Lori Sill remembers getting a phone call from a parent of a Down syndrome child while she was in the hospital after the birth of David, her older son. That simple gesture meant a lot. “It’s the most amazing grief when you first find out that you have a child with Down syndrome,” Sill says. “But when I held him for the first time, I thought, ‘OK, I can do this.’”

Sill says the Down Syndrome Association of Central New York and Hope Network have been crucial in building a strong social and spiritual foundation for her family. She has been active with DSA of CNY for about 10 years, and Hope for two years. DSA of CNY provides education and support to families of children with Down syndrome, often starting right after the birth of their babies.

 “(We) think it is important to get that information into people’s hands as quickly as possible,” Sill says. “It’s a proactive approach.” 

David’s first years were difficult. “I didn’t know a soul when he was little,” Sill says. But her initial concerns about David fitting in proved unfounded. Now 13, David is a popular playmate in his Liverpool neighborhood, a successful student at Morgan Road Elementary School, and he has a close relationship with his younger brother, Michael. 

David has also found friendship and recreation as a competitor with the Special Olympics and Challenger Baseball, a Central New York league for young people with disabilities. 

Tracking down appropriate services for a child, especially one with several disorders, can be a family’s most significant challenge. 

Cicero residents Linda and Tommy Echols became grandparents to a baby boy, Scott, in 2000. What they didn’t know was that the baby had developed an addiction to crack cocaine and fetal alcohol syndrome while in the womb. When Scott was 8 months old, the Echolses were granted legal custody, and they adopted him at age 3.

Some of Scott’s physical challenges were evident during that first year. Echols was able to get Scott therapy through Exceptional Family Resources, which lasted until he was about 3. 

By the time he was a preschooler, Scott’s developmental and learning disabilities became more apparent. He was diagnosed with Asperger syndrome, ADHD (attention deficit hyperactivity disorder) and obsessive-compulsive disorder (OCD)—all of which contributed to behavioral problems. 

By then, Echols had met Matthews of the HOPE Network. The two forged a spiritual bond and a plan to get Scott more therapy. They visited different programs, and found SPICE, a special education preschool program sponsored by the Elmcrest Children’s Center in Syracuse. 

 “The SPICE program is geared toward behavioral problems and it is a wonderful resource. They really brought him out,” Echols says. “Scott went from a shy child to a boy who began to love people.”

 “He still has his moments of anger but he has come a long way,” Echols says. “He is a third grader in a special ed inclusion program at school and has become a very good reader. I’m really proud of where he is at.”

Today Echols, mother of two grown children and grandmother of two other children, is a parent advocate for the HOPE Network. She urges parents to get a service coordinator through their county office of developmental services. “It’s very important for parents to know that they can get these services. But too often nobody helps them.”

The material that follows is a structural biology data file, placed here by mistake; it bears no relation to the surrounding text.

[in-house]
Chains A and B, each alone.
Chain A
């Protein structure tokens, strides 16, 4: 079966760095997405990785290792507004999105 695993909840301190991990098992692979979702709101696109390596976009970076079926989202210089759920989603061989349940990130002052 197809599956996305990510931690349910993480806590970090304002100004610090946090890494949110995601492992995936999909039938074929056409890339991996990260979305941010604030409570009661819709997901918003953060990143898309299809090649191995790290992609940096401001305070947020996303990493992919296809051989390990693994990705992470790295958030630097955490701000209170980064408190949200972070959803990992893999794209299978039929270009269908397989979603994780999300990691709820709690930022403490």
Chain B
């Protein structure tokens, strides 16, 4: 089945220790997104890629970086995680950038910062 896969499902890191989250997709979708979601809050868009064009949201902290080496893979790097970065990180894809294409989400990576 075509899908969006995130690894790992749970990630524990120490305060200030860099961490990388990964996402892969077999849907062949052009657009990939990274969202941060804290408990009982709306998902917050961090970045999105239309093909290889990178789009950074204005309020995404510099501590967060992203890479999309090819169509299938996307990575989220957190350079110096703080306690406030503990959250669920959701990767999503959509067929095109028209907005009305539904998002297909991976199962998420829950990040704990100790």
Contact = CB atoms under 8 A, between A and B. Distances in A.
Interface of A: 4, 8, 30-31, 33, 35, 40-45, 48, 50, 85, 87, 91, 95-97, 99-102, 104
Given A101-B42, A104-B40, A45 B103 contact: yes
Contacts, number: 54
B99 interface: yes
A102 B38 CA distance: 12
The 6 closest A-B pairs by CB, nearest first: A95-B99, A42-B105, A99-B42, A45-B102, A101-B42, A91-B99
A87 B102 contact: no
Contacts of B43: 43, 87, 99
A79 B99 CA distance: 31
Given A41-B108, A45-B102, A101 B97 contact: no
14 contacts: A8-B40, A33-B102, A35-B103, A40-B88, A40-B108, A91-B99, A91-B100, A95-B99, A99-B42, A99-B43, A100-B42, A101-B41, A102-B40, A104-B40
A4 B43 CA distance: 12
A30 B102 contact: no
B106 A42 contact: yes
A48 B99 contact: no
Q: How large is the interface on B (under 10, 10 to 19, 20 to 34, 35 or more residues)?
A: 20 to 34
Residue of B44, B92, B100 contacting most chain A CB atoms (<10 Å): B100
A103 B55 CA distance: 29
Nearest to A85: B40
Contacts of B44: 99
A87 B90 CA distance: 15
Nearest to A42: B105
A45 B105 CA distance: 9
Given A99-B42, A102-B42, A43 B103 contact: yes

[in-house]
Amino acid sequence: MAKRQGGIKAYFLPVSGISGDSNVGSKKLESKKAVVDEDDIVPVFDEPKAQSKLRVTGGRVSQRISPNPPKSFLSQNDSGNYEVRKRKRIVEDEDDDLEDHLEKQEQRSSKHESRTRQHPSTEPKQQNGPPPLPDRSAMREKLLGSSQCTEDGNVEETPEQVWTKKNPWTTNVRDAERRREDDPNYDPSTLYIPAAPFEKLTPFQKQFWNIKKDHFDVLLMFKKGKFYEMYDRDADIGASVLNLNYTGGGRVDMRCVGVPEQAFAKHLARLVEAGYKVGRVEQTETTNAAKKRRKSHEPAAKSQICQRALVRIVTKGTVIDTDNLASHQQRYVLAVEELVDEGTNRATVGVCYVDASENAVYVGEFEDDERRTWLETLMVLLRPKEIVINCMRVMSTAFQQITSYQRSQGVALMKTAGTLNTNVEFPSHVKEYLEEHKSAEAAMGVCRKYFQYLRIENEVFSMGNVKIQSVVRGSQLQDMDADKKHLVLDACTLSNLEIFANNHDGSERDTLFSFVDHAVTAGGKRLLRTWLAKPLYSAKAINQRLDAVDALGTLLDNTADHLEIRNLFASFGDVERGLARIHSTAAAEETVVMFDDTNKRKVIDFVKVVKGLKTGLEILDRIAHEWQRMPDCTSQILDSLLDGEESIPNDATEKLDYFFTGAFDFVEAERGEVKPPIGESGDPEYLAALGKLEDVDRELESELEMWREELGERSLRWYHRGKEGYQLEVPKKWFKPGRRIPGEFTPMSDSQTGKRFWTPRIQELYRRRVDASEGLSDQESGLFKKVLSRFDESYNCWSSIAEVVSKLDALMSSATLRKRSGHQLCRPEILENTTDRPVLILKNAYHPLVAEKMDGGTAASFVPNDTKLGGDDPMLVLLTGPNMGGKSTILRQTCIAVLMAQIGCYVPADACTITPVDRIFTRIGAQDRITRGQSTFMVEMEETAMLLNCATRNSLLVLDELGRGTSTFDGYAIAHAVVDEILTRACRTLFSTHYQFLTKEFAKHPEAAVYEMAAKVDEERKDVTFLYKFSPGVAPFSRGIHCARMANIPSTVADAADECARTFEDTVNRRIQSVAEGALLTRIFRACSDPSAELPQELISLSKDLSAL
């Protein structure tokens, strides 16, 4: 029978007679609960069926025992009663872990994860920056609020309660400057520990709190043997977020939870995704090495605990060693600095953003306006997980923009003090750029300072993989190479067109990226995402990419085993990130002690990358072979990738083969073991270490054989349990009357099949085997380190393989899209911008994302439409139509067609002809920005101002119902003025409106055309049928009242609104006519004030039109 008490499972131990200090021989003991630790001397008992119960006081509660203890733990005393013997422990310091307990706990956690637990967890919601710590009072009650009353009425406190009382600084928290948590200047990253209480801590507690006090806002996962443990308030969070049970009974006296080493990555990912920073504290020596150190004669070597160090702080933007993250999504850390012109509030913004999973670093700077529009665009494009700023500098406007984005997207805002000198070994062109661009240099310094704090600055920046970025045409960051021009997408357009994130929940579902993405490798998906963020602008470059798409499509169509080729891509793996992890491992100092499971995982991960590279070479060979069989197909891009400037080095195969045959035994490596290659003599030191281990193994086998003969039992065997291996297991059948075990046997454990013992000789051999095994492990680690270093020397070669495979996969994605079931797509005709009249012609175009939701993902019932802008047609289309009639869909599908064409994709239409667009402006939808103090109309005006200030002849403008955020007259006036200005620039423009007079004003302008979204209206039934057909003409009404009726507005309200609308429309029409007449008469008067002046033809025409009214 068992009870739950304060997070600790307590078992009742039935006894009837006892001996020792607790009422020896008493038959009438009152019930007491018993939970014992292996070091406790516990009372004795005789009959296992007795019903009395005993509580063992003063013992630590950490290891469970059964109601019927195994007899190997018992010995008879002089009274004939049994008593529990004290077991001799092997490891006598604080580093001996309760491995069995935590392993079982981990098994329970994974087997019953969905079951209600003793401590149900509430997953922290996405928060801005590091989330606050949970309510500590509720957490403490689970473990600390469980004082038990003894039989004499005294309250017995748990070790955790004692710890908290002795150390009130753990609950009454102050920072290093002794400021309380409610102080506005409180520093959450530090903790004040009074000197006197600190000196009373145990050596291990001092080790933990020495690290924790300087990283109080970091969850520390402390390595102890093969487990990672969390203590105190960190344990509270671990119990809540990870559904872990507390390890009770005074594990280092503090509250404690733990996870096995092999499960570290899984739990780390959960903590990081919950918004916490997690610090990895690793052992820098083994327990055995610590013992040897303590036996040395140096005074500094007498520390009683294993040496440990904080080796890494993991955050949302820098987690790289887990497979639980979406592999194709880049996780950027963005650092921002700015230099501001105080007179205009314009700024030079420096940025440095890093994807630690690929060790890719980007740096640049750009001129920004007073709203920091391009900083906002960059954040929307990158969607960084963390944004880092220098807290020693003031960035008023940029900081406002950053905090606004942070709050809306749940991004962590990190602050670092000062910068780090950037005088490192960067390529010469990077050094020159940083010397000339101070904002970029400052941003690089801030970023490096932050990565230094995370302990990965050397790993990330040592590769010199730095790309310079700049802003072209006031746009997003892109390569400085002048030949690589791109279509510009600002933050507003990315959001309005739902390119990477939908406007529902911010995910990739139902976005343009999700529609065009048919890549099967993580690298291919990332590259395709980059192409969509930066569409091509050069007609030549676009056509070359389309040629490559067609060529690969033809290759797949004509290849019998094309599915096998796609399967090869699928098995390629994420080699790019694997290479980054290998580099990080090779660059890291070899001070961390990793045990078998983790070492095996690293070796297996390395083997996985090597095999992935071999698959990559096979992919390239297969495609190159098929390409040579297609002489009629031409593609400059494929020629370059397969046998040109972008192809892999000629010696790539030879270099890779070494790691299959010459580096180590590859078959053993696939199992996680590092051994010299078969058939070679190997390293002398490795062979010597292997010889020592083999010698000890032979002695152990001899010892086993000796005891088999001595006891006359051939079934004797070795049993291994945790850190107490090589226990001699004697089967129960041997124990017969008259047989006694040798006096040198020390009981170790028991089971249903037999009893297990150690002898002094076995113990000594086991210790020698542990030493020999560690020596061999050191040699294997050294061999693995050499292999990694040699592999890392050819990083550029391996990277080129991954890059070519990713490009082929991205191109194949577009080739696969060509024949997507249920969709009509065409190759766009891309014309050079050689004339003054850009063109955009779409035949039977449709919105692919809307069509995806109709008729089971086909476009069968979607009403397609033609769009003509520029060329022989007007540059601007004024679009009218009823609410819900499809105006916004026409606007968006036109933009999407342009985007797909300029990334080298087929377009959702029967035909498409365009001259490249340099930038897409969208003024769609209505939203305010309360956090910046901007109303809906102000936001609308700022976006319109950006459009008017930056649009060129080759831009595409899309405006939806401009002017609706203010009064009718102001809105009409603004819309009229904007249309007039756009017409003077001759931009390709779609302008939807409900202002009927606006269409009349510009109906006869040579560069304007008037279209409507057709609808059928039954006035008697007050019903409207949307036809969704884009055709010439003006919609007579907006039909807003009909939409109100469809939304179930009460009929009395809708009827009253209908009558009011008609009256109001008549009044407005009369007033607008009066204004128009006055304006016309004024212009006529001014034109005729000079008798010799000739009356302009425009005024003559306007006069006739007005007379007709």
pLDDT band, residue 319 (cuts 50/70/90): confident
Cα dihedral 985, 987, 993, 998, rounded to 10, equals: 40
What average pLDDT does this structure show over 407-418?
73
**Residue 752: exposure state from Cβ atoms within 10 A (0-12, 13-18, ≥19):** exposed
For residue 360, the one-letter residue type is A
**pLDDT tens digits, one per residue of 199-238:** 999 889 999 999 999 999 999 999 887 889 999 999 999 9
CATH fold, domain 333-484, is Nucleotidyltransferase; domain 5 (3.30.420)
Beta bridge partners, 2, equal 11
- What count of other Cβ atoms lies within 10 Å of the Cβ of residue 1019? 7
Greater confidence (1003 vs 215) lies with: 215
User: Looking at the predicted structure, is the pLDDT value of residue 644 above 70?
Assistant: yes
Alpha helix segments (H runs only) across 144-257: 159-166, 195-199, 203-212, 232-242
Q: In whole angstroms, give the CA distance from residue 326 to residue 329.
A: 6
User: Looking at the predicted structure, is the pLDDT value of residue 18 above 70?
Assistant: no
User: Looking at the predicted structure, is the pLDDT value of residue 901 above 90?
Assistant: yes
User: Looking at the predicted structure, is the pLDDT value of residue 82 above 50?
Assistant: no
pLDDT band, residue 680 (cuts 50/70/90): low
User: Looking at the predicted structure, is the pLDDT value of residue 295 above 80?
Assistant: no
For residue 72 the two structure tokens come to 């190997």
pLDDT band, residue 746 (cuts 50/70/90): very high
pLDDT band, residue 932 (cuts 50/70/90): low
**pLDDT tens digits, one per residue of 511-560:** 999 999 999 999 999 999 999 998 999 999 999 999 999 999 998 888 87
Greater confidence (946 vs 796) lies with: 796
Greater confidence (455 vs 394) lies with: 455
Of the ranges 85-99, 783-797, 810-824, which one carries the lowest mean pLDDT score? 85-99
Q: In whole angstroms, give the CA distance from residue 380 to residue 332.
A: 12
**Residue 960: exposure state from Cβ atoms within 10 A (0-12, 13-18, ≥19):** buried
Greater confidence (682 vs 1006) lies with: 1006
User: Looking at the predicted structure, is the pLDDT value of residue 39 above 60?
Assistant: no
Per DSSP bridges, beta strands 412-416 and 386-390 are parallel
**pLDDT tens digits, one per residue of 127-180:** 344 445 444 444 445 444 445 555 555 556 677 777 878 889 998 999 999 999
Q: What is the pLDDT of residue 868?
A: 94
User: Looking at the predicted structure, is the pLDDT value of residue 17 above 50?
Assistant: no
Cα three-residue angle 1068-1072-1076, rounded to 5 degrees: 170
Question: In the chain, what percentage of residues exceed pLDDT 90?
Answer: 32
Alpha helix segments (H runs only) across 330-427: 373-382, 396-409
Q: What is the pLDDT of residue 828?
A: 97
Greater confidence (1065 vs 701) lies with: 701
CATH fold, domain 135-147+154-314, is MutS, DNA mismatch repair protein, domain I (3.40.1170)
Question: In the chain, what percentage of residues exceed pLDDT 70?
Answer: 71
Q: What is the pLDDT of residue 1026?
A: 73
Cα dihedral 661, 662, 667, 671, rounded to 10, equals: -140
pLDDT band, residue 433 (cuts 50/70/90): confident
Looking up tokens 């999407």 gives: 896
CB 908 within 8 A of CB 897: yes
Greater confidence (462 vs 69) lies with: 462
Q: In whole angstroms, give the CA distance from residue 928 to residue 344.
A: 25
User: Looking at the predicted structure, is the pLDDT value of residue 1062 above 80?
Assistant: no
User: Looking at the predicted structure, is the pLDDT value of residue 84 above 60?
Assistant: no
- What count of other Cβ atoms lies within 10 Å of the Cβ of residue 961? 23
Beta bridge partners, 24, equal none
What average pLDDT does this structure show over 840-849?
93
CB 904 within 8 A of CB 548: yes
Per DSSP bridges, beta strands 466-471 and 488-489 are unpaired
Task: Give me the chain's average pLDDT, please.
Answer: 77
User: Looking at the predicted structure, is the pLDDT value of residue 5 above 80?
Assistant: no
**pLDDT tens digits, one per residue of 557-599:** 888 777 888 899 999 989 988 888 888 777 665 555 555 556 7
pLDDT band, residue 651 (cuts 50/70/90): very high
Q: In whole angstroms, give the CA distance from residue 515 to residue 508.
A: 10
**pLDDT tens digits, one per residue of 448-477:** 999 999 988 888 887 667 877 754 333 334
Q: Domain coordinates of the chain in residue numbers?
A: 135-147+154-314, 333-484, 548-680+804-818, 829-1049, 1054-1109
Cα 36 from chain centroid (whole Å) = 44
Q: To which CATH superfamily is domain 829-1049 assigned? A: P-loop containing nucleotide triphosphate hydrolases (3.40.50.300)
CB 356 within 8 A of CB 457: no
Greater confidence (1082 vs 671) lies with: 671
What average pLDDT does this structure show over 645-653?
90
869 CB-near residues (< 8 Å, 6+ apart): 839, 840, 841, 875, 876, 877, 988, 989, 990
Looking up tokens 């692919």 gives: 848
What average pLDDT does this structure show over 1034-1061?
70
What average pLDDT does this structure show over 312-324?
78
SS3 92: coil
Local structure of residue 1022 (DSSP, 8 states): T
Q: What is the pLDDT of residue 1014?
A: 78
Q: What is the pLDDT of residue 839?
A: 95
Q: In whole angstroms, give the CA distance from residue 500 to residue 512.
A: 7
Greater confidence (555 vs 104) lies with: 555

“Most of my family is in Louisiana, so I didn’t have a lot of people to turn to when we first got Scott,” Echols explains. “Caregivers are dealing with issues that you don’t just share with anybody; you don’t know what it’s like to have a special needs child unless you have one.” 

Those who provide services to caregivers acknowledge the work can tax their own emotional resources, but they gain strength in knowing that even a small suggestion, or a little bit of their time, can help.

“I cry every day at my job, and they cry too,” says Albino of Charity for Children. “Some of these parents prayed for a long time for a door to open, and sometimes we can really make a significant difference in their lives. That is the reward.” 

Matthews, a former nurse and physical therapist, says, “When I was doing physical therapy, I’d hear the stories of parents being told, ‘There’s nothing you can do.’ So I would emphasize the things the child could do. Families have to have hope that their children can progress.”

Abreu says she is encouraged by the milestones Lucas has reached in spite of his physical limitations. “He’s such a strong little boy. I have every hope that he will walk,” she says. “With the physical therapy, he has already come so far. He sits up and can roll over, which people told us he might not ever do. So we never say never.”

Sill, too, gains strength by seeing how much her son is able to do. The love and support she has found in the community have also given her courage. She treasures the lessons she has learned in her journey as the parent of a disabled child.

 “David has affected people in so many ways,” Sill says. “It is a blessing every day, and I wouldn’t have changed a thing.”

family cooking

Lori Sill, with sons Michael, age 11, and David, age 13: “David has affected people in so many ways. … It is a blessing every day, and I wouldn’t have changed a thing.”